Brooklyn Center Police Chief Tim Gannon and Kimberly Potter, the police officer who fatally shot Daunte Wright during a traffic stop Sunday, both resigned Tuesday amid a seismic leadership shake-up in the north metro suburb.
Mayor Mike Elliott announced at a City Hall news conference that Gannon had stepped down as police chief, a position he took in 2015 after serving as an officer with the department for 22 years.
Potter, who fired the shot that killed Wright, a 20-year-old Black man, resigned earlier in the day, according to a statement from Law Enforcement Labor Services, the state's largest public safety labor union. One of just a handful of women on the force, Potter was with the department for 26 years.
The overhaul at City Hall also included the firing Monday of longtime City Manager Curt Boganey, who had responsibility and day-to-day command over the police department until the City Council gave that authority, at least temporarily, to the mayor's office. Elliott said Boganey had made strides in improving the city, but the council "determined it was in the best interest to seek new leadership in the city."
Cmdr. Tony Gruenig, who has been with the department 19 years, will serve as acting police chief. He will be assisted by Cmdr. Garett Flesland, another veteran officer. Together they will lead a staff of about 49 officers, of which "very few" are Black or people of color, Elliott said.
Gannon, a Marine Corps veteran, told a local cable TV news station when he was appointed chief that he wanted to reduce crime, create better connections between officers and the community and diversify the department.
In an interview, former Brooklyn Center Mayor Tim Willson said Gannon knew and understood the community and worked with officers to determine if they were doing the right thing.
"When he was appointed chief, that was a good deal," Willson said. "He was a very good and dedicated police officer. I'm very sad to see him go."
Elliott had little to say about his former police chief at Tuesday's media event, but said Gruenig has a strong commitment to working with the community.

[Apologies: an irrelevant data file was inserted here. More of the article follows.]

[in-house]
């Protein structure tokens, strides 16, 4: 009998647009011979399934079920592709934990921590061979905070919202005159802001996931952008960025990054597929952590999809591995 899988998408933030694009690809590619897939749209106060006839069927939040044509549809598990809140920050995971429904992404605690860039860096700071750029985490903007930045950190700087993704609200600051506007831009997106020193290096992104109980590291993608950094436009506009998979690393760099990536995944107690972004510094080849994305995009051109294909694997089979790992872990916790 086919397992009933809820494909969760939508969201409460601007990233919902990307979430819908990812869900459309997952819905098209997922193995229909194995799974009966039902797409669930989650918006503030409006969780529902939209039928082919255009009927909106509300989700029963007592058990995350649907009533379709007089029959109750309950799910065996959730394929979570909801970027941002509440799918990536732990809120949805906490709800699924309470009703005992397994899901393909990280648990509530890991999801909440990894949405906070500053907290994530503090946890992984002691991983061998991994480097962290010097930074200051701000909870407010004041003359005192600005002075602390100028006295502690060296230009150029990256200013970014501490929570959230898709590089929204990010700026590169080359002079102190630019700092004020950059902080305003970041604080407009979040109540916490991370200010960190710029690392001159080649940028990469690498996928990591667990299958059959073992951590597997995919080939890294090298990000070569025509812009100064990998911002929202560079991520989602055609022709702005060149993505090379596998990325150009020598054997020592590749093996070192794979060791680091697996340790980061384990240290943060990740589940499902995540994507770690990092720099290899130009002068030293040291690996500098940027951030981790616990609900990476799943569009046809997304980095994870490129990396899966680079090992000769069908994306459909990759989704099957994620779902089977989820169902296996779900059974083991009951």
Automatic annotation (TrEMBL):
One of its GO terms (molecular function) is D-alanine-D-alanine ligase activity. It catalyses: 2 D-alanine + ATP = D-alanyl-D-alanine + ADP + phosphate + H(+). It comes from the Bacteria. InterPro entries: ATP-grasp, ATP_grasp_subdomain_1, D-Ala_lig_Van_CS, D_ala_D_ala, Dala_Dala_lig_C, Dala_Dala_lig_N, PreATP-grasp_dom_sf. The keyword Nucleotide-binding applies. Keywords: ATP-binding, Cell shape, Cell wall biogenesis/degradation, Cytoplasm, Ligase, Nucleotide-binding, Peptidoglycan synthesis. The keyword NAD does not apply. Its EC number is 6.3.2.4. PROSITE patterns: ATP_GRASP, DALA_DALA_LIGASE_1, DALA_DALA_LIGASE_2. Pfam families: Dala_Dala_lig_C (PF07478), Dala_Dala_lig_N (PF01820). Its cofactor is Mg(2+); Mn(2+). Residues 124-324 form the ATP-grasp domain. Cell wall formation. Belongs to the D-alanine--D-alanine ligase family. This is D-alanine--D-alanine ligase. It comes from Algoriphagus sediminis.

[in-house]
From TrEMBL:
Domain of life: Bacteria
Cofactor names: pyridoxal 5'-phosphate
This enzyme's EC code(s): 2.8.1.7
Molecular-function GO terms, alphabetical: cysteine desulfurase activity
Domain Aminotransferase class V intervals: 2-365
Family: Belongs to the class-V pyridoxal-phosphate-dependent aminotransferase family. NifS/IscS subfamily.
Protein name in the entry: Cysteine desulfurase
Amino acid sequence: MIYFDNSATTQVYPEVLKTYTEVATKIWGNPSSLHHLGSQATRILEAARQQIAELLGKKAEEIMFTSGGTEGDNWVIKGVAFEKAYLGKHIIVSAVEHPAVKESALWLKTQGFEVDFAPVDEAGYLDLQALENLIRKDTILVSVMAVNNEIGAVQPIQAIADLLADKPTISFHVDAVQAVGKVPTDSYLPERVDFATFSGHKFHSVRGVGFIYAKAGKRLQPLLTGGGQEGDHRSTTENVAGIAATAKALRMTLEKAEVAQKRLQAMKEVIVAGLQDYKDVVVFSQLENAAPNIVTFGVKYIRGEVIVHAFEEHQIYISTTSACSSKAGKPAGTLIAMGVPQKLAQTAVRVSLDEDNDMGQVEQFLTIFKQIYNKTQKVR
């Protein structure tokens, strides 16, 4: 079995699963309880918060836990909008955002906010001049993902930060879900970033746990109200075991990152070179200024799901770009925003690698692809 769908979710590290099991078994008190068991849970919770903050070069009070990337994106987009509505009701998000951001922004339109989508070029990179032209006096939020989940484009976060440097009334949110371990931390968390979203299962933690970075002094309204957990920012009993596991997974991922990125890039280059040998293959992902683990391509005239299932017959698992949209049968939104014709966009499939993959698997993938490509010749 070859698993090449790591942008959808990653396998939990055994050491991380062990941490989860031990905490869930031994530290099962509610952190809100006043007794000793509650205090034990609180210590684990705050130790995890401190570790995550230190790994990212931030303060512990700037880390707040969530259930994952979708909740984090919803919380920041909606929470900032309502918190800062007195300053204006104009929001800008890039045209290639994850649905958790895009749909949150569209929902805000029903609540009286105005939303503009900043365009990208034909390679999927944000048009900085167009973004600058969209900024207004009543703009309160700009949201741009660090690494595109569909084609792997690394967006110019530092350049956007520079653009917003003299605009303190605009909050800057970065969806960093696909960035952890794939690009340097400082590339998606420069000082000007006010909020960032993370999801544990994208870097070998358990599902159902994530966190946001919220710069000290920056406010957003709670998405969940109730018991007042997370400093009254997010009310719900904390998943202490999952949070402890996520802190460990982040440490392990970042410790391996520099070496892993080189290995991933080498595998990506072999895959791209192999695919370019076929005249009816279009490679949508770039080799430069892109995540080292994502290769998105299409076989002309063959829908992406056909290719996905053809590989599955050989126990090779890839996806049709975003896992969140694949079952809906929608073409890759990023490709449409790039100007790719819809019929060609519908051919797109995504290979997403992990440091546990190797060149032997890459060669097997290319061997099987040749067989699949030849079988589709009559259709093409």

"He has done that throughout his career," Elliott said. "That is why he is the right person for the job."
Gruenig, who said at Tuesday's news conference that he'd learned of the staffing change within the previous hour, faces major challenges.
"It's very chaotic right now," he said. "We're just trying to wrap our heads around the situation and try to create some calm."
As protesters returned to police headquarters Tuesday night after tense encounters with law enforcement Sunday and Monday, officers were under new restraints.
The City Council on Monday passed a resolution prohibiting officers from using tear gas or other chemicals and from shooting rubber bullets to disperse crowds. Officers will not be able to cover their badge numbers or prohibit members of the public from videotaping them while on duty. They also will be prohibited from forming police lines to arrest large numbers of people, performing chokeholds or using harsher methods.
Some members of the public who attended Tuesday's news conference were heartened to hear that the new chief wants to reach out to the community, but others said wholesale changes are needed within the department, starting with a review of internal policies and procedures.
They wondered if anything would change, even with a new chief.
"You can take the trash out, but it has a way of recycling itself," said Kimberly Handy-Jones, whose son Cordale was killed in 2017 in a confrontation with St. Paul police.
State Rep. John Thompson, DFL-St. Paul, said the department needs to stop racial profiling and that "some things don't need to be enforced" — a reference to officers stopping Wright because his vehicle had expired license tabs.
After the stop, officers determined Wright had a warrant. Potter mistakenly used her gun instead of a Taser as officers tried to arrest Wright, Gannon said Monday.
In an interview Tuesday with ABC's "Good Morning America," Wright's mother, Katie Wright, said the encounter "should have never escalated the way it did."
Aubrey Wright, Daunte Wright's father, said he can't accept Gannon's explanation that Potter mistook a firearm for a Taser.
"I lost my son. He's never coming back," he said. "A mistake, that doesn't even sound right."
At City Hall, Elliott said the personnel changes won't be a panacea, but the mayor hopes they will bring calm to the community.
"I went out and talked with the protesters and I saw young people who looked like Daunte," Elliott said. "I could feel their pain, their anger, their fear. Ultimately they want justice and full accountability under the law. We have to make sure justice is done."
Staff writer Alex Chhith contributed to this report.
Tim Harlow • 612-673-7768